Attempting to eliminate every potential risk is a proven recipe for inefficiencies and financial waste: Darren Argyle, Non-Executive Chairman, Cyber Leadership Institute and Group Chief Information Security Risk Officer, Standard Chartered Bank

An effective cyber resilience strategy is one tightly tied to strategic business goals. Getting this right requires the CISO to develop an in-depth understanding of the business value chain and ruthlessly prioritise limited resources towards the protection of digital crown jewels – systems that underpin competitive advantage, the most profitable business lines and products customers value the most. Getting this right requires the CISO to consult intensively with key stakeholders and build their views into the strategic agenda. This creates a shared sense of purpose and secures strategic support from key decision-makers.

Once you have identified your crown jewels, the next step involves implementing a set of non-negotiable cyber security controls that, if designed, implemented, and operated effectively, will significantly reduce your cyber risk profile. These include multi-factor authentication, data encryption, offline backups, privileged access management, 24/7 monitoring and application whitelisting. Focusing on what matters while refusing to be enticed by every bleeding-edge concept reduces the cost of security and maximises the effectiveness of controls. Attempting to eliminate every potential risk is a proven recipe for inefficiencies and financial waste.

The relationship between security, IT and risk is what guides an organisation to success: Manan Leo Qureshi, APAC Regional Security Leader at Yum! Brands for KFC and Pizza Hut

“Before you can build up any of the technological innovations and policies which are required for being cyber resilient, I think there are a couple of things which are the bedrock of a strong cyber resilience strategy. One of them is having continuous management approval and buy-in and support. Security hierarchy has to be structured in a way that empowers it with the necessary independence and access to senior stakeholders. The relationship between security, IT and risk is what guides an organisation to success. So, the structure has to be such that your guiding North Star is risk based and risk, IT and security have a very constructive relationship and can work together. That interplay is where the most inertia emanates because sometimes these functions tend to be overly adversarial and they don’t have to be,” shared Manan.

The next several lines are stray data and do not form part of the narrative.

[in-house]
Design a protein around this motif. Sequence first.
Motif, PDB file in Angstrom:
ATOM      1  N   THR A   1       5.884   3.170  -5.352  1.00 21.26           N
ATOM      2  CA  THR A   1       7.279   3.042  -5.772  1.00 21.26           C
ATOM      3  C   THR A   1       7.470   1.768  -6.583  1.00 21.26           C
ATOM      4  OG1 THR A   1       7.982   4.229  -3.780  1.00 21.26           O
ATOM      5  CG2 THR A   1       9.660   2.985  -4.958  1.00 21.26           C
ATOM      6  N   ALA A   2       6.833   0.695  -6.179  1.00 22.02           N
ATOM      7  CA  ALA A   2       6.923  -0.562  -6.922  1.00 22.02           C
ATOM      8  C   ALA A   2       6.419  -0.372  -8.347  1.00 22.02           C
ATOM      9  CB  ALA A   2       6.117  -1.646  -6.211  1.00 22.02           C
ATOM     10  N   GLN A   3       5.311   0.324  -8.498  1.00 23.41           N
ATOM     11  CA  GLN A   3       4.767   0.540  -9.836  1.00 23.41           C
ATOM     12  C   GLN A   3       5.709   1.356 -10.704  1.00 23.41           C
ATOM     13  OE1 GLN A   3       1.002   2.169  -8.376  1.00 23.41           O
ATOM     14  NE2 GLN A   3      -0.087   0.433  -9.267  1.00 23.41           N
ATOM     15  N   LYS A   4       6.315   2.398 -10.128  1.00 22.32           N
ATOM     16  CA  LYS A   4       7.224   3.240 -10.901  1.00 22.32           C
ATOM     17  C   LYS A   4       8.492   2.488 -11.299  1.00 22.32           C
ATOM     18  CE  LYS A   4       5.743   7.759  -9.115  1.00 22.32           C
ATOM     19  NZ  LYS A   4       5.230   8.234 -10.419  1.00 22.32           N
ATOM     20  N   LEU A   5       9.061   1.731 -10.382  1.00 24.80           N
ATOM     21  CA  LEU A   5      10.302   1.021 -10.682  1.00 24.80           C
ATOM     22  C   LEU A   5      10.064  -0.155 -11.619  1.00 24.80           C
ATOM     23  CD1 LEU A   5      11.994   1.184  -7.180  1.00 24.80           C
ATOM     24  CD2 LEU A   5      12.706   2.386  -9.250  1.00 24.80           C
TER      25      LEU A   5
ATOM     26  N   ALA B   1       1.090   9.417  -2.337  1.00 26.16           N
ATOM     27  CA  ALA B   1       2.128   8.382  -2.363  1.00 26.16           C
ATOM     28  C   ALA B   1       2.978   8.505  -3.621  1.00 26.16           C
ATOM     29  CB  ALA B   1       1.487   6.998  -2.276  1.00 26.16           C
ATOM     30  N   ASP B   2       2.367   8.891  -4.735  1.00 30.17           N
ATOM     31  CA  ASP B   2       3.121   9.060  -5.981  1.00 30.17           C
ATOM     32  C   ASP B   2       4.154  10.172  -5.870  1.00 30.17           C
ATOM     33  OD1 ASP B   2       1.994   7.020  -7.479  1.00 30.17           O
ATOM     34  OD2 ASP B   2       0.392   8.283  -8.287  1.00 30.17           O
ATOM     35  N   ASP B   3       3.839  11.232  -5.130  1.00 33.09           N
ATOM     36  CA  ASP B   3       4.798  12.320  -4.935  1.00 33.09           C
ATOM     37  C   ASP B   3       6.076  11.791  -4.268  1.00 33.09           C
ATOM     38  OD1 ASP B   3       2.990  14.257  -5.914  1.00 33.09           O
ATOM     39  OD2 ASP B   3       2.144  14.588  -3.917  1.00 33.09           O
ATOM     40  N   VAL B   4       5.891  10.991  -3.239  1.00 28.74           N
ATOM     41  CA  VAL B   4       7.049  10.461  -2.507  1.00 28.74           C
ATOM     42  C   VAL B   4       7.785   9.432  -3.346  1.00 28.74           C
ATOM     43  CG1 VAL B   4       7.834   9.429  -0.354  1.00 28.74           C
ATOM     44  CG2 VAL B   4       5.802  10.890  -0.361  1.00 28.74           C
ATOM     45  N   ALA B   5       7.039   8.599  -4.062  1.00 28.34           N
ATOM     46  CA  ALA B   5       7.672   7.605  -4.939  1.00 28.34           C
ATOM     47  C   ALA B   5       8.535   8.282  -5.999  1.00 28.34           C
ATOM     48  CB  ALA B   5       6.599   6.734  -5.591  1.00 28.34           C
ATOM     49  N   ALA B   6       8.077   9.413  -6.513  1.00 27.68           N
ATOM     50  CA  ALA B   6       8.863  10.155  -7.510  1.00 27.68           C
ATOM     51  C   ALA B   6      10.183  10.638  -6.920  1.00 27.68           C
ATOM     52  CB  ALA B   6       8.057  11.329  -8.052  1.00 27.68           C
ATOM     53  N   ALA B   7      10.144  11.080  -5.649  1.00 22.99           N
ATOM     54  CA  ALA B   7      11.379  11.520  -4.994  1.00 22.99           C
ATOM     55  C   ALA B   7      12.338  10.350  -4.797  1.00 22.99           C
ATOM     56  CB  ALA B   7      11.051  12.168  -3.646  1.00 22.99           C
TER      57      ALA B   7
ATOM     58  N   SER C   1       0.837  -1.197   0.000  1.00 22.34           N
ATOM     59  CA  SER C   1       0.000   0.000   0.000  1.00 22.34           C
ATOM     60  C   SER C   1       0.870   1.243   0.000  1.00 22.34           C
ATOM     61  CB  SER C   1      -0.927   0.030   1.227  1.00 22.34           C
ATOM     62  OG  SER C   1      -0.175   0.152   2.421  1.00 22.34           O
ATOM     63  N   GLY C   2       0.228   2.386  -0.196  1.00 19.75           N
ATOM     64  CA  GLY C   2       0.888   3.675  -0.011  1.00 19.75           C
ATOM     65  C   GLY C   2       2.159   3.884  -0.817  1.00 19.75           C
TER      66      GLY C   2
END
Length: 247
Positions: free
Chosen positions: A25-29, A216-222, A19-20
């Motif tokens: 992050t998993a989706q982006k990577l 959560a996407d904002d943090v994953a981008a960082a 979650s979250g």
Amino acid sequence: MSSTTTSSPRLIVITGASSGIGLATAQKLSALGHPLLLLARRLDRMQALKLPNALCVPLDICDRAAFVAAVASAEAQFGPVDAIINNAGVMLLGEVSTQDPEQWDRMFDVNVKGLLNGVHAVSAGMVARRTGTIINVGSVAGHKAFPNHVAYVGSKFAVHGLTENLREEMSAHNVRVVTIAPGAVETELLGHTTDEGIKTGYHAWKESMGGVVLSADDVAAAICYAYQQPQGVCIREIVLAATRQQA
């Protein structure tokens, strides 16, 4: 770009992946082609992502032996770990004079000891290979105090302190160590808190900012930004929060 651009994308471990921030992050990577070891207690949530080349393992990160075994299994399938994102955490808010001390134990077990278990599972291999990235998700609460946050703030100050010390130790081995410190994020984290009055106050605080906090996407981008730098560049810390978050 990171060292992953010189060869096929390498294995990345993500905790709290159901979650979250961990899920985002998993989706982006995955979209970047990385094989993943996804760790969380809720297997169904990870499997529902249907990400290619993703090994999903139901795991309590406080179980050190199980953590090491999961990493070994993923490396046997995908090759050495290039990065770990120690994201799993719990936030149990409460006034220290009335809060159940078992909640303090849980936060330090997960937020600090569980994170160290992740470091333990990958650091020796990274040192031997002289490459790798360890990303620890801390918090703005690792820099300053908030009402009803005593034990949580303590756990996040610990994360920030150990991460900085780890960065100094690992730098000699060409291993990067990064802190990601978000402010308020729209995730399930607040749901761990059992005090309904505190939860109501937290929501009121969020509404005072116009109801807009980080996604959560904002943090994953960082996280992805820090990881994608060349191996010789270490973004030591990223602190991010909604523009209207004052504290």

Also, the cybersecurity talent crunch is everywhere. Countries are in dire need for cybersecurity folks. Manan further added, “I think cultivating your existing talent and giving them pathways to improve themselves is a key to success for having a mature cybersecurity posture — invest in your people. Give them pathways to upward mobility and upskill them wherever you can, and your culture should be such that folks continue to stay with a company for the long haul.”

Cybersecurity is a collective effort, and a well-prepared workforce is your strongest asset in maintaining a resilient security posture: RB Banez, Head of Information Security, Easy Equities

Focusing solely on cybersecurity is insufficient to combat cyberattacks because it mainly deals with known threats, not the ever-changing nature of cyber dangers. To effectively tackle the evolving threat landscape, organisations must develop a cyber resilience strategy. This approach goes beyond cybersecurity by including proactive measures for readiness, swift response, and quick recovery from cyber incidents. Cyber resilience enables organisations to adapt and sustain critical operations even when facing sophisticated and unpredictable cyberattacks, reducing harm and downtime.

“It’s important to understand that cyber resilience is an ongoing process, and no country is completely safe from cyber threats. The Philippines has made progress in enhancing its cyber resilience, but there’s always more to do. To strengthen cyber resilience in today’s digital era, we need a comprehensive and ongoing approach that includes education, regulations, collaboration, and technology adoption,” reflected RB Banez.

With that, we come to an end in wrapping up what 2023 encompassed for security in various industries, with a focus on Southeast Asia. Here’s hoping 2024 will see more secure and evolved industries to further business success.

  • Published On Dec 27, 2023 at 05:00 AM IST